DFID is placing more emphasis on making its research accessible. For example DFID has a research portal (www.research4development.info), which allows free access to information about DFIDs research.
Mr. Jim Cunningham: To ask the Secretary of State for International Development how much the Government has spent on research into poverty reduction since 1997. 
Mr. Malik: DFIDs Central Research Department spending on research on key development policies and technologies over the past three years is shown as follows. Comparable figures for earlier years cannot be obtained without incurring a disproportionate cost. These figures exclude spending on research programmes funded through country offices or via multilateral organisations.
Hugh Robertson: To ask the Minister for the Olympics whether she plans to relocate the Secretariat to the Olympic Board from Canary Wharf to Whitehall; and if she will make a statement.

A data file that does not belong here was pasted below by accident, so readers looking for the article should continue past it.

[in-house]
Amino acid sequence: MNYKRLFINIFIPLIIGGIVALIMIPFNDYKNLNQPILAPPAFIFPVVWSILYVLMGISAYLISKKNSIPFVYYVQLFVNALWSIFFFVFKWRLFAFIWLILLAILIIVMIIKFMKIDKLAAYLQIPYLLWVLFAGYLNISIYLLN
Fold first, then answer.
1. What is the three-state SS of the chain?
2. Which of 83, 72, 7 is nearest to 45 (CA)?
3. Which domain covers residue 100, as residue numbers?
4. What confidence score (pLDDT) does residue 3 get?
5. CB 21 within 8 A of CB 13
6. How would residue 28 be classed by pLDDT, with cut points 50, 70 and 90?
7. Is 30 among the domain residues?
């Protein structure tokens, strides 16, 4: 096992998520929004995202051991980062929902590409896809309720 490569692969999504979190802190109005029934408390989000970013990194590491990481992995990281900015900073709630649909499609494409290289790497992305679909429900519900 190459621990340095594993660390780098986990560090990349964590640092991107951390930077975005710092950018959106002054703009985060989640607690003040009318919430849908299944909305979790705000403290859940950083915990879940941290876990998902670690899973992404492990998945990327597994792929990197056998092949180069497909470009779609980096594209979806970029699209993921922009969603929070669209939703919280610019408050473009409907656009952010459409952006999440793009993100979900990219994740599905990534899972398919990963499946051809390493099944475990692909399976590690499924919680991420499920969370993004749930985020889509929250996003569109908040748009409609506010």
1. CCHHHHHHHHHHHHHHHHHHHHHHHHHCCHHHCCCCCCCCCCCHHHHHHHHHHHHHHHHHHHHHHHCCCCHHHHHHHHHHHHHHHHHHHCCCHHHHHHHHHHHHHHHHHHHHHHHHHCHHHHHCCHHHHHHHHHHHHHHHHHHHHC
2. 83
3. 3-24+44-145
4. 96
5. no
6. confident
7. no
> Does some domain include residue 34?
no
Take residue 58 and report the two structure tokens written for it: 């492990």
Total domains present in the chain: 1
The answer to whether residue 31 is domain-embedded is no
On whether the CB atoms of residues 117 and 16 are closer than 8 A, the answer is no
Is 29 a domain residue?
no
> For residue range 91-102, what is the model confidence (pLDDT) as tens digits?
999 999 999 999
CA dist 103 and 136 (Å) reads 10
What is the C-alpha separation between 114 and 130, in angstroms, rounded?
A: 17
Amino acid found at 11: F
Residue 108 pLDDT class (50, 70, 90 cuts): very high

Tessa Jowell [holding answer 13 November 2007]: Prior to September 2007, the secretariat function for the Olympic Board was undertaken by the Olympic Programme Support Unit (OPSU). While OPSU were situated in Canary Wharf, they were based for administrative purposes within the Department for Culture, Media and Sport (DCMS).
In September 2007, this secretariat function moved to the Government Olympic Executive, situated and based at DCMS.
The decision to replace OPSU was taken to improve the quality of secretariat support being provided to the Olympic Board.